Over one thousand bedding plants will be added to the different beds and containers to give that extra splash of colour throughout the summer months and we’ll be using our usual vibrant colour schemes which compliment the shrubs and perennials used in the different locations.
Very early on during our fourteen years of existence, we learnt that with municipal planting the aim is to create a big WOW factor and something that people will notice from a distance, especially if driving past at 30mph!.
We also learnt the need to use plants that are reliable, easy to maintain and are happy to withstand a certain amount of ‘neglect’, bearing in mind that we can’t nurture them all on a daily or even weekly basis as we would in our own gardens. Above all else they need to be drought resistant and not wilt at the first sign of having insufficient water. All the different types of plants that we use now have been tried and tested over time and have ticked all the right boxes!
Planting up the Market Place Troughs
With May arriving, the spring display is almost over and we’ve spent the past few weeks visiting the beds and deadheading the daffodils and tulips in an effort to keep everything looking as neat and tidy as possible. Unfortunately, with the bulb leaves now having to be left to die back naturally to allow the goodness to be reabsorbed for next year’s display, the next few weeks will look anything but neat and tidy! On a plus note, the perennials have started to fill the beds with fresh new growth and the early flowering shrubs and those that produce colourful new foliage, are coming into their own.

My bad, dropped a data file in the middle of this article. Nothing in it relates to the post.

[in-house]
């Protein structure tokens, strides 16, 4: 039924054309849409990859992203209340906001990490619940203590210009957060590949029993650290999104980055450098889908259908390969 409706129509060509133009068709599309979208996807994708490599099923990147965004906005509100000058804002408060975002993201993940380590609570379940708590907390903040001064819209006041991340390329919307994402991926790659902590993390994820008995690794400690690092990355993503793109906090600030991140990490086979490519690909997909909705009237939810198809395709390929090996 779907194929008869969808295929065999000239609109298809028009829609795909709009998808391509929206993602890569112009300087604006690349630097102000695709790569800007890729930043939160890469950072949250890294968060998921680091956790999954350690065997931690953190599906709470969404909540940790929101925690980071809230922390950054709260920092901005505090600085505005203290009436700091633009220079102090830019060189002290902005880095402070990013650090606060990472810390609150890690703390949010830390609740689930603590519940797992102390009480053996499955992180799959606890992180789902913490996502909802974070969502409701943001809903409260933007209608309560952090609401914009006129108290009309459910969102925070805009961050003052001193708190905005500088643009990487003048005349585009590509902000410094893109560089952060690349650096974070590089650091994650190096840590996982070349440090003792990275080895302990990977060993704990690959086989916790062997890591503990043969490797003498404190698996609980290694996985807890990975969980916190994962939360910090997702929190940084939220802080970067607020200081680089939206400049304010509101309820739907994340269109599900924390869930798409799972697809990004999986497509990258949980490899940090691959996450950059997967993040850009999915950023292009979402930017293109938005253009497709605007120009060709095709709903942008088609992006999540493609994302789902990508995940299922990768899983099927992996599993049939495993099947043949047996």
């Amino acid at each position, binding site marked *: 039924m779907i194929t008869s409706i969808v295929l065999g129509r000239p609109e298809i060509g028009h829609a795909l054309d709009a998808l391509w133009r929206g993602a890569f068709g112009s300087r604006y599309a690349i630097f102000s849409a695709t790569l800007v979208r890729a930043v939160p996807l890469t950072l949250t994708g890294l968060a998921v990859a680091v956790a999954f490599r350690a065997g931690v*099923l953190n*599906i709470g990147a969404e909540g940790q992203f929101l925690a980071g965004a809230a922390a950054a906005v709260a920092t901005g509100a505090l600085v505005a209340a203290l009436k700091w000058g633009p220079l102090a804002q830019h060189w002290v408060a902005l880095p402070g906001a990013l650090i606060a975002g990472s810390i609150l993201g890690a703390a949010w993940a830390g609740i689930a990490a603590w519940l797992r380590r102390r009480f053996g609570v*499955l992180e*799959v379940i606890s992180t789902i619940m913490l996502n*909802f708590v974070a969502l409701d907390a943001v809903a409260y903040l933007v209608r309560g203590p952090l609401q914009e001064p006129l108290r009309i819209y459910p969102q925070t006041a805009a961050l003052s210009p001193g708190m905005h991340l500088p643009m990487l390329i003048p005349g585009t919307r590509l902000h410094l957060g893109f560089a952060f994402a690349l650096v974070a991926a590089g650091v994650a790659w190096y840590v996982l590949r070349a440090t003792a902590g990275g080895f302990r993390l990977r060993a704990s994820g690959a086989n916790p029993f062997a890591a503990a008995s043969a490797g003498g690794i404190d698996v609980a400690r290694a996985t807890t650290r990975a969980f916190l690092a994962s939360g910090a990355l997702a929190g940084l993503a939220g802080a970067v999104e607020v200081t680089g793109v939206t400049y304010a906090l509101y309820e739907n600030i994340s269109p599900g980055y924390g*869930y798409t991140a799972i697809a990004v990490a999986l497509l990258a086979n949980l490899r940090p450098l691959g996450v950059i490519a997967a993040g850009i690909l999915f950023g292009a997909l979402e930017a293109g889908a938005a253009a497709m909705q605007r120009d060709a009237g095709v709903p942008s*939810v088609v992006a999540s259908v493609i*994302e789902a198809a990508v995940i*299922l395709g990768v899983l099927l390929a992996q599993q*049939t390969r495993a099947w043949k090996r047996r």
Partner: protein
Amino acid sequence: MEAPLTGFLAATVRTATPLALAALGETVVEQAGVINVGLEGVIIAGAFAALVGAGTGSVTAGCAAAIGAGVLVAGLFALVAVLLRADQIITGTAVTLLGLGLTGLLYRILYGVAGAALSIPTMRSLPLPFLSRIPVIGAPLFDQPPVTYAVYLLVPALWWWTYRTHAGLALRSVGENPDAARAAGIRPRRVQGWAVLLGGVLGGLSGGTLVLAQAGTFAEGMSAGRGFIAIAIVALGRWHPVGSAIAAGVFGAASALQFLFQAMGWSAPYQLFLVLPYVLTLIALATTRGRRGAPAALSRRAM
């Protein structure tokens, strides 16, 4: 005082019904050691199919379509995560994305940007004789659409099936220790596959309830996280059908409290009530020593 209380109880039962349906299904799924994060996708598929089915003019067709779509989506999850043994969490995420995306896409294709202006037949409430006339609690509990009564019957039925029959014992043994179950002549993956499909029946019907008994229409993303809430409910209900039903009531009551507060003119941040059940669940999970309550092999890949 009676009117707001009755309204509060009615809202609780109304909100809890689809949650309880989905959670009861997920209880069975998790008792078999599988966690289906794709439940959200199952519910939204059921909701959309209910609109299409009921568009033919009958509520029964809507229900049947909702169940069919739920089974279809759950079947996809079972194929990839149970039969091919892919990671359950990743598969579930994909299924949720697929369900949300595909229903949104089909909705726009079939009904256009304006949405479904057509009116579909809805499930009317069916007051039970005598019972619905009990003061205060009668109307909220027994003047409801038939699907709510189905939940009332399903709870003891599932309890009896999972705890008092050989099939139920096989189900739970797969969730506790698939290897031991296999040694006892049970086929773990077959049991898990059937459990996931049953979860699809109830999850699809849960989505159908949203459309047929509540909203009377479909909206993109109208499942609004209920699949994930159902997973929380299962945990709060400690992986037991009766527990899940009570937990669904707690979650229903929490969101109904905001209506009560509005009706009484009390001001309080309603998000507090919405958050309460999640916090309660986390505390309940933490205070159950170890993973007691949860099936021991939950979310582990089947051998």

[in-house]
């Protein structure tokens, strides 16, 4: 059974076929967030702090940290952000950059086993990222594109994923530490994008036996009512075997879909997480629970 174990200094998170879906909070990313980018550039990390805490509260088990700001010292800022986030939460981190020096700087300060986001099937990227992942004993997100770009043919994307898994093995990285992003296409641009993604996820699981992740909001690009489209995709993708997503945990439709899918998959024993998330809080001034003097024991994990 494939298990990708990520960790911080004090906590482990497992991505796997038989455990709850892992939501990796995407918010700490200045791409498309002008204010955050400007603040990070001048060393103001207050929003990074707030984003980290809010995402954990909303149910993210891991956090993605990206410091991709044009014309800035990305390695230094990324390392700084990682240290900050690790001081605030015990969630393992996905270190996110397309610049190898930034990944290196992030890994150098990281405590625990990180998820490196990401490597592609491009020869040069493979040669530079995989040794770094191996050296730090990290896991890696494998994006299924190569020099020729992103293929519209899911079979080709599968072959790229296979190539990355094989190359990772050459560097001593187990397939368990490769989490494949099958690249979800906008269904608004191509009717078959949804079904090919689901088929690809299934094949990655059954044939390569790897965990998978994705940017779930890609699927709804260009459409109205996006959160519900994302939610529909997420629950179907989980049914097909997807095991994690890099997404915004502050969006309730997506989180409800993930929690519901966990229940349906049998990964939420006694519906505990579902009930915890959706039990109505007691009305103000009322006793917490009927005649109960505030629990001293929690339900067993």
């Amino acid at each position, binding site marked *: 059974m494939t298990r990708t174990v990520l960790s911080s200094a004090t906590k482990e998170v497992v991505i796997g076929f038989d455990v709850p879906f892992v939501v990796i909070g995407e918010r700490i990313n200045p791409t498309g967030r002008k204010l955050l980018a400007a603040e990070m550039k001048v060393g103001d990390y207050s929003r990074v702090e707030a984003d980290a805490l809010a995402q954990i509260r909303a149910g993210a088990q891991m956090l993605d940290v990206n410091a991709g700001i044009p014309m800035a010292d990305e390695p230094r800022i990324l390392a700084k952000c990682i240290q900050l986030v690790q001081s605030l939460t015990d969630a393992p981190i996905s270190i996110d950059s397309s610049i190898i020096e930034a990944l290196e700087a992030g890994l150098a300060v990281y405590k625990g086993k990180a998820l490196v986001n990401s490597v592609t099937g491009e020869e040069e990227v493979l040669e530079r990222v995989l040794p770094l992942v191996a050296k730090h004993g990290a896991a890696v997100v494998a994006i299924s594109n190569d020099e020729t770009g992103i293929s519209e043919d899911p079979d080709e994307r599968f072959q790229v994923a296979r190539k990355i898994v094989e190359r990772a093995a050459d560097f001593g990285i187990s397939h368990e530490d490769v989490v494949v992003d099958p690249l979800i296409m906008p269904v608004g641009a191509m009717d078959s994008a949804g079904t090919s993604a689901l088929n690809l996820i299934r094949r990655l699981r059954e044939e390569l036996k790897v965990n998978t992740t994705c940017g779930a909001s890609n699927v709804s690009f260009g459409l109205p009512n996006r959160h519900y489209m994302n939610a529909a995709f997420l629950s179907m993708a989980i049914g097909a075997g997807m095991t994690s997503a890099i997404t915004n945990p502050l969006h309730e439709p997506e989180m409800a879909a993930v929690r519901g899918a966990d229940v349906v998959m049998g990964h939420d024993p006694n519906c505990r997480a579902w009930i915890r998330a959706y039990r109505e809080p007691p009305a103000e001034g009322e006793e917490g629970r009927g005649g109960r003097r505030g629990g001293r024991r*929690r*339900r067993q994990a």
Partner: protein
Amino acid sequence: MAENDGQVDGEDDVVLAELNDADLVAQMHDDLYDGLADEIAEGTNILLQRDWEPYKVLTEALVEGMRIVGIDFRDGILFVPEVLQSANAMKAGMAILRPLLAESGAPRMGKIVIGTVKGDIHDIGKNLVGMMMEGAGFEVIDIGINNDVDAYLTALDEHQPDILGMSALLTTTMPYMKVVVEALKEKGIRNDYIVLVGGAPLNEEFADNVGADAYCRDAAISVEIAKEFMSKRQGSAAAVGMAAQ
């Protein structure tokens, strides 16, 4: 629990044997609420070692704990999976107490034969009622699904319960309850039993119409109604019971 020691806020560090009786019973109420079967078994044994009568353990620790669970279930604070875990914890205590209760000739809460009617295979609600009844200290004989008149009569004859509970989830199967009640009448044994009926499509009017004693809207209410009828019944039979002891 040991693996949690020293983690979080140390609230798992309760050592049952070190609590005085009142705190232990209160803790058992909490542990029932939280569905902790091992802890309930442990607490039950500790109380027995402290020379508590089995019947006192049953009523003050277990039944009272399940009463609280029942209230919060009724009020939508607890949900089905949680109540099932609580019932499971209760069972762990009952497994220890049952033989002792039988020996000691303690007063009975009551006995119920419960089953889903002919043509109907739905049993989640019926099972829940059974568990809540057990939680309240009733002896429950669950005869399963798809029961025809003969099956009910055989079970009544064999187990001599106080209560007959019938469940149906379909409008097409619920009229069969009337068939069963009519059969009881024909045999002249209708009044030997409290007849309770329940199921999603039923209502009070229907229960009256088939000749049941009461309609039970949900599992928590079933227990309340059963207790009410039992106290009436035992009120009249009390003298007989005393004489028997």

Although the beds won’t necessarily look their best this month, at least it won’t be long before 4th June arrives and we start planting the summer displays. This will be our 14th summer season and the planting schedule has now become a well practiced operation with everyone on the team coming out each Tuesday and Thursday evening, throughout the month of June, to plant the 33 beds and a total of 42 tubs and troughs that we tend throughout the town.